Air Lanka Flight 512

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Air Lanka Flight 512
Lockheed L-1011-385-1-15 TriStar 100, AirLanka AN0710512.jpg
4R-ULD at Paris–Le Bourget Airport in 1983
Bombing summary
Date 3 May 1986 (1986-05-03)
Summary Suicide bombing
Site Bandaranaike International Airport
Passengers 128
Crew 20
Fatalities 21
Injuries (non-fatal) 41
Survivors 127
Aircraft type Lockheed L-1011-100 TriStar 100 (FAA - L-1011-385-1-15)
Aircraft name City of Colombo
Operator Air Lanka
Registration 4R-ULD
Flight origin London-Gatwick Airport
1st stopover Zurich Airport
2nd stopover Dubai International Airport
Last stopover Bandaranaike International Airport (CMB/VCBI) Colombo, Sri Lanka
Destination Ibrahim Nasir International Airport (MLE/VRMM), Malé, Maldives

Air Lanka Flight 512 was an Air Lanka flight from London Gatwick Airport via Zurich and Dubai to Colombo (Bandaranaike International Airport) and Malé, Maldives. On 3 May 1986, the Lockheed L-1011 Tristar serving the flight was on the ground in Colombo, about to fly on to Malé, when an explosion ripped the aircraft in two, destroying it. Flight 512 carried mainly French, West German, British and Japanese tourists; 21 people were killed on the aircraft, including three British, 2 West German, 3 French, 2 Japanese, two Maldivians and one Pakistani; 41 people were injured.[1]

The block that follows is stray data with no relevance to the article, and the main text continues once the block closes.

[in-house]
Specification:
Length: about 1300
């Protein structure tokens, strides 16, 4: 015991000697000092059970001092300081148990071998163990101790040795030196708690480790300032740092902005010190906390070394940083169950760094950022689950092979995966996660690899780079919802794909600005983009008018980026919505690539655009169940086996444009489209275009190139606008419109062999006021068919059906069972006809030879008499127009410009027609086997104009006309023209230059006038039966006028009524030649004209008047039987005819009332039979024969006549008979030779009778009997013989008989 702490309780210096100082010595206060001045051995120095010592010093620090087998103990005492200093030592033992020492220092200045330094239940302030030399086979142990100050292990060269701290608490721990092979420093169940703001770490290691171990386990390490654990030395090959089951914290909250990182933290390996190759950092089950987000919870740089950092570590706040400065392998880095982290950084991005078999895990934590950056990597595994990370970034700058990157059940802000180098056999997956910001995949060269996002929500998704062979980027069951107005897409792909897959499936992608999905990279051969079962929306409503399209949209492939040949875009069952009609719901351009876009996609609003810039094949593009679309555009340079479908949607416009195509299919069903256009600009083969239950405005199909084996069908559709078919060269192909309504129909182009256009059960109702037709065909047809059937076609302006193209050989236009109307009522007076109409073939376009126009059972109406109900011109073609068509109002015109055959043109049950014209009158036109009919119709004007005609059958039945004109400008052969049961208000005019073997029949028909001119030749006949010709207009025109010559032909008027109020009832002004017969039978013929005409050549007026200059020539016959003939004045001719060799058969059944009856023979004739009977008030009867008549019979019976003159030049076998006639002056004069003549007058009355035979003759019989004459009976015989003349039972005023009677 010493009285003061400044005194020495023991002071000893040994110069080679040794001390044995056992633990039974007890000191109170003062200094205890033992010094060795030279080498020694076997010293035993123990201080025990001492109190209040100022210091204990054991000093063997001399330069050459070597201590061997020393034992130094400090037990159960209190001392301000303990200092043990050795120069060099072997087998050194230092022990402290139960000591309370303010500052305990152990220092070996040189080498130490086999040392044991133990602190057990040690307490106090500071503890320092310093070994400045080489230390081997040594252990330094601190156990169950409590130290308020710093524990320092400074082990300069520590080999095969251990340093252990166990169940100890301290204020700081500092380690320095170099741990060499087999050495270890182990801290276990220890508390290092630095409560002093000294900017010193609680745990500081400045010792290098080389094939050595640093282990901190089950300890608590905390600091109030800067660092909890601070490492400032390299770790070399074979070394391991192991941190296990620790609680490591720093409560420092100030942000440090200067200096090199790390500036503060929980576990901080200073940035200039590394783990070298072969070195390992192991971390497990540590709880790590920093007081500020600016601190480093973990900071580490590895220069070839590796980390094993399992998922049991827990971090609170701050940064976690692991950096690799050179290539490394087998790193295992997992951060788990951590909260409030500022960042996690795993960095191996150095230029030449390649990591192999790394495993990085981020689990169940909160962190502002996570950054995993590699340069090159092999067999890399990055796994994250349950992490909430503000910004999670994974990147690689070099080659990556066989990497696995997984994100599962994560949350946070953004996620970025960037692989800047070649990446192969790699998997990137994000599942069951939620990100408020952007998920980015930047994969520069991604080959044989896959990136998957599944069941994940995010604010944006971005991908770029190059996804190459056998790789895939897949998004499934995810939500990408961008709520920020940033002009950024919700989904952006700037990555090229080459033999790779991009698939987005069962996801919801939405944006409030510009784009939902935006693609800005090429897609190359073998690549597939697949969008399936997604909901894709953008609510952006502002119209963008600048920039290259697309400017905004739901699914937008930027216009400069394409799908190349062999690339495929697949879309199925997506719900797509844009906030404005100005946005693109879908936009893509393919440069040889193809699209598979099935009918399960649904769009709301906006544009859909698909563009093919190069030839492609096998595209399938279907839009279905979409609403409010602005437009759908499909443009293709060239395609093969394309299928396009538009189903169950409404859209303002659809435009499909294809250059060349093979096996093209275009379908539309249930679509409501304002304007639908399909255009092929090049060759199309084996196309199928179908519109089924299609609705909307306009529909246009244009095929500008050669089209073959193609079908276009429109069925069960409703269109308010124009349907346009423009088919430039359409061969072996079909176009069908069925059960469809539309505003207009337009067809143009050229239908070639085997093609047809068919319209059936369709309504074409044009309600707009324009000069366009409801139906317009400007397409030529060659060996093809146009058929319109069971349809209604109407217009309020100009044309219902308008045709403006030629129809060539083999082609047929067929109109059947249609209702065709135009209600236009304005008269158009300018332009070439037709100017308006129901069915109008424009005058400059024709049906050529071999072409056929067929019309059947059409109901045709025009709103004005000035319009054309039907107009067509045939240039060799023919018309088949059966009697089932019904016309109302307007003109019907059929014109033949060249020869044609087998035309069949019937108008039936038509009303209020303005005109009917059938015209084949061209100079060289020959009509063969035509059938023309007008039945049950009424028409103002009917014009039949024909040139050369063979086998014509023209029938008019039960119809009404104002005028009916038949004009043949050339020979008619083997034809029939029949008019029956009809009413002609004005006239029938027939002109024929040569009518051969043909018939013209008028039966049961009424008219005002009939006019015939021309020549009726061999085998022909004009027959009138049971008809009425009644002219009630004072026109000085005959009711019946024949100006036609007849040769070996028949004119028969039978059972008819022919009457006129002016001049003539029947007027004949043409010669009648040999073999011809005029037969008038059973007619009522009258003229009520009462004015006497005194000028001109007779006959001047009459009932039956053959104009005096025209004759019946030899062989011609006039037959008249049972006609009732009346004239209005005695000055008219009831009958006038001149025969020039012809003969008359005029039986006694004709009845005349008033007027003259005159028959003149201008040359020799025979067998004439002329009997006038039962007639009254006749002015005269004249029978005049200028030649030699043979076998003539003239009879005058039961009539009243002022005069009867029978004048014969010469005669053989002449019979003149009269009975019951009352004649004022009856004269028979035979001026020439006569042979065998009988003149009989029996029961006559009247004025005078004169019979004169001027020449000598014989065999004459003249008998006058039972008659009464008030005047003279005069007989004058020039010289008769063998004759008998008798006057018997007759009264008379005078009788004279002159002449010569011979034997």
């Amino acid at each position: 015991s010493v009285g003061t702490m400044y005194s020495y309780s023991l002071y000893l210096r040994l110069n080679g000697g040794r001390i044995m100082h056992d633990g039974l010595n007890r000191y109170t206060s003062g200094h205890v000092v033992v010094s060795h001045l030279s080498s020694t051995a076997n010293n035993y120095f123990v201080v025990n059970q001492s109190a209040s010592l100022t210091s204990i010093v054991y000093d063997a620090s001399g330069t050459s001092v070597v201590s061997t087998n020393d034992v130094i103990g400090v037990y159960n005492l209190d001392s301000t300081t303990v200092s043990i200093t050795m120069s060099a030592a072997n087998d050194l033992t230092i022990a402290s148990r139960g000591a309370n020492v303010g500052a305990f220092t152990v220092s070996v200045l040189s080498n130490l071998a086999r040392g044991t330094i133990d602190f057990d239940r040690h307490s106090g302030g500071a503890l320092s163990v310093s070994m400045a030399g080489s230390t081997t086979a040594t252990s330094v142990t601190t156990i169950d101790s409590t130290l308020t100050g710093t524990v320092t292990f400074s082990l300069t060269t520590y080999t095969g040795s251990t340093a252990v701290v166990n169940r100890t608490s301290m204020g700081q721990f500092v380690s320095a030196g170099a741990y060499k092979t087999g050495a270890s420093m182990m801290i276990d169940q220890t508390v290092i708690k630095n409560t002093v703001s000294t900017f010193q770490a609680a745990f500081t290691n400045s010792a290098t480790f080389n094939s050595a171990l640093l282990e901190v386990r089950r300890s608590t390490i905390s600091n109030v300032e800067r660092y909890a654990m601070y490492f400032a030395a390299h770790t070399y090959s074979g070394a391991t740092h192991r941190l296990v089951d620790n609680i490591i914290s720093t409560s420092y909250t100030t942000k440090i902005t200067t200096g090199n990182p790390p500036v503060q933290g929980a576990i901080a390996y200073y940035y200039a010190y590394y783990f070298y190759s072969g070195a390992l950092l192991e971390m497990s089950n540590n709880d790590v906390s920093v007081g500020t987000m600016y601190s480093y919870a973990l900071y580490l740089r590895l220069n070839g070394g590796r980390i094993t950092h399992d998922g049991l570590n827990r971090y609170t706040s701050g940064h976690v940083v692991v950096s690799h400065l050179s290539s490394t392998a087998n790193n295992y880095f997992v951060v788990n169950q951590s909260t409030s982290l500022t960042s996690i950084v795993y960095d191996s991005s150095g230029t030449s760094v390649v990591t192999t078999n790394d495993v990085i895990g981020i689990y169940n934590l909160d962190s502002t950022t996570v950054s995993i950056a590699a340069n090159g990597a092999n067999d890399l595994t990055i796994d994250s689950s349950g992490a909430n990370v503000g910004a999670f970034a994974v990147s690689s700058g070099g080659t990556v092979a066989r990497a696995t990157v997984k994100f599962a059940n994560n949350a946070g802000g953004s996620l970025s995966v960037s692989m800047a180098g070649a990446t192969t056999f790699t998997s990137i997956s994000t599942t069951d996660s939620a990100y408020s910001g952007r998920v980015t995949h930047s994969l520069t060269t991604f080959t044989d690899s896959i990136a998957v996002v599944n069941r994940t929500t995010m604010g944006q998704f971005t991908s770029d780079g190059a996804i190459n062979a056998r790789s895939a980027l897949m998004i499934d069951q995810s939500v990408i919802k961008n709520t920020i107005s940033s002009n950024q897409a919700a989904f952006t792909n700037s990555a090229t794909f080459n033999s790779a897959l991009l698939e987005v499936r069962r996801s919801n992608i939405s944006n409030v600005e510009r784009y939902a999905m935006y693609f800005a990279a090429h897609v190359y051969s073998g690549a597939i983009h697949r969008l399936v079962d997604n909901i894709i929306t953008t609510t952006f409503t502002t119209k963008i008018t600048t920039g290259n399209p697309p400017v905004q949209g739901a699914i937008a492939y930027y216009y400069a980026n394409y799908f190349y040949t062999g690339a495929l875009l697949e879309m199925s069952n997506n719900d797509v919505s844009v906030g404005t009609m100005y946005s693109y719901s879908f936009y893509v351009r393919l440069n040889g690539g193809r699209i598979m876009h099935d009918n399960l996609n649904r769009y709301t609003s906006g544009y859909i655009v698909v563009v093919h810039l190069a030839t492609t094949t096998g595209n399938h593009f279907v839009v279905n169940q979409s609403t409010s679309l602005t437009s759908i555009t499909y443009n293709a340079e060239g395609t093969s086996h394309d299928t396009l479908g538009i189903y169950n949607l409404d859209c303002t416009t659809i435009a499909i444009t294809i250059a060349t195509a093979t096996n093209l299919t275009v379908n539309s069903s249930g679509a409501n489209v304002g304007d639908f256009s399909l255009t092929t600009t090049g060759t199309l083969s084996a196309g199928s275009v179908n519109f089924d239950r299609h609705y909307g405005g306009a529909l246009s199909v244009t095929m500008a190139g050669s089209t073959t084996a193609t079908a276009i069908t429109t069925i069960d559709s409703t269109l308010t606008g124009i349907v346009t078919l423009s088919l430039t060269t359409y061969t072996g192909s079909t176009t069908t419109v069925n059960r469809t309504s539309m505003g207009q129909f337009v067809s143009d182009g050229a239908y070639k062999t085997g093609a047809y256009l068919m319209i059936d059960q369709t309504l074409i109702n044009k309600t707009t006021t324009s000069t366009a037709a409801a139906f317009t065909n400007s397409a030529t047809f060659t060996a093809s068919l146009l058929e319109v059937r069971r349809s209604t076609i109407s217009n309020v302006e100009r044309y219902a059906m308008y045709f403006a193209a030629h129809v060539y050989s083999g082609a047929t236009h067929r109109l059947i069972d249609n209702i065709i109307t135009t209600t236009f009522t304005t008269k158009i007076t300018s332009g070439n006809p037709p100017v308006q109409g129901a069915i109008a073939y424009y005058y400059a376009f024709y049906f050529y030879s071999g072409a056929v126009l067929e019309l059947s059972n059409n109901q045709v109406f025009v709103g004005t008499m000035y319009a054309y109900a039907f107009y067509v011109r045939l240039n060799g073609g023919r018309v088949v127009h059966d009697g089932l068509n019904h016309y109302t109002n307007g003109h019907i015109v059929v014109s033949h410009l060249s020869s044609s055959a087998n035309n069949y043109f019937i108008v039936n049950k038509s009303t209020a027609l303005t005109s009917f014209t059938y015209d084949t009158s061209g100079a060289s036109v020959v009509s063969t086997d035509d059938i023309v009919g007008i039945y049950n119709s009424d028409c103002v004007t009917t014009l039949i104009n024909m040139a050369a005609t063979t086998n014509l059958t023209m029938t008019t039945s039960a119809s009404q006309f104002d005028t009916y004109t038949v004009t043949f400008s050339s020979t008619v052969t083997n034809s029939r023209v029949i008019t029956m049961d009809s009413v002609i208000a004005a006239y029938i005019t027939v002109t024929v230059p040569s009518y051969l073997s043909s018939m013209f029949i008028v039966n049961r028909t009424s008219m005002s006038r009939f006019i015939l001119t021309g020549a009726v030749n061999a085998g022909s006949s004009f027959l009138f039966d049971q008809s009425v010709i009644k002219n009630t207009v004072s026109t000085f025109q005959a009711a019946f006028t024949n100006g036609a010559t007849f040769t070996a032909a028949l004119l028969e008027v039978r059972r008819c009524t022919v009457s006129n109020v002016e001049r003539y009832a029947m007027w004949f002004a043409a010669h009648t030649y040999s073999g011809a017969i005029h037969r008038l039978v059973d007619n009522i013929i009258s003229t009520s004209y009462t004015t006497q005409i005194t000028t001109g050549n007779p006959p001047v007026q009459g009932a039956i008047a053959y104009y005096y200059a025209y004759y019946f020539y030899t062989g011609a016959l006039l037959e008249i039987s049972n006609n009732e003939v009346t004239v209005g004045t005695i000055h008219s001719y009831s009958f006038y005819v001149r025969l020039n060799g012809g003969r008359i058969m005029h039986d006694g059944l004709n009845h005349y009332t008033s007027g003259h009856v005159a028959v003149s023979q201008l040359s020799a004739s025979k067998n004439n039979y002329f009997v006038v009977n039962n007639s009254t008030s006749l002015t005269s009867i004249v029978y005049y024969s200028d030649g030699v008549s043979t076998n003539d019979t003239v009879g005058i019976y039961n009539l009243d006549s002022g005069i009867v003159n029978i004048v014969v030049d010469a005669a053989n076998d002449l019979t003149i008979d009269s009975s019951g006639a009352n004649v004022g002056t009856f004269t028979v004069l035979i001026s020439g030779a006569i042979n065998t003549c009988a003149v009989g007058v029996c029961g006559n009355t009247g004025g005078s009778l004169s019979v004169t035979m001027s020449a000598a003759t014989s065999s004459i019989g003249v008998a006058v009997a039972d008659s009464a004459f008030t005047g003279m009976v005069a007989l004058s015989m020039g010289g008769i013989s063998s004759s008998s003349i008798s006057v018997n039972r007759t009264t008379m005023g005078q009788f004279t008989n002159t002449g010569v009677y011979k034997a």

Boarding of the flight had been delayed due to the aircraft being damaged during cargo / baggage loading.[2] During boarding a bomb, hidden in the aircraft's 'Fly Away Kit', exploded.[3] The bomb had been timed to detonate mid-flight; the delay likely saved many lives.

The Sri Lankan government concluded that the bomb was planted by the Liberation Tigers of Tamil Eelam (LTTE) to sabotage peace talks between the LTTE and the Sri Lankan government. They reported that a search of the aircraft the next day uncovered a parcel containing uniforms with the insignia of the Black Tigers, the suicide wing of LTTE.[1][4]

See also[edit]


  1. ^ a b "1986: Bomb kills 21 in Sri Lanka". BBC. 3 May 1986. Retrieved 30 April 2008. 
  2. ^ A joke common among international travelers at the time was that AirLanka's IATA code, UL, stood for "usually late".
  3. ^ "Accident description". Retrieved 10 September 2014. 
  4. ^ "Commercial Airline Bombing History". Retrieved 10 September 2014.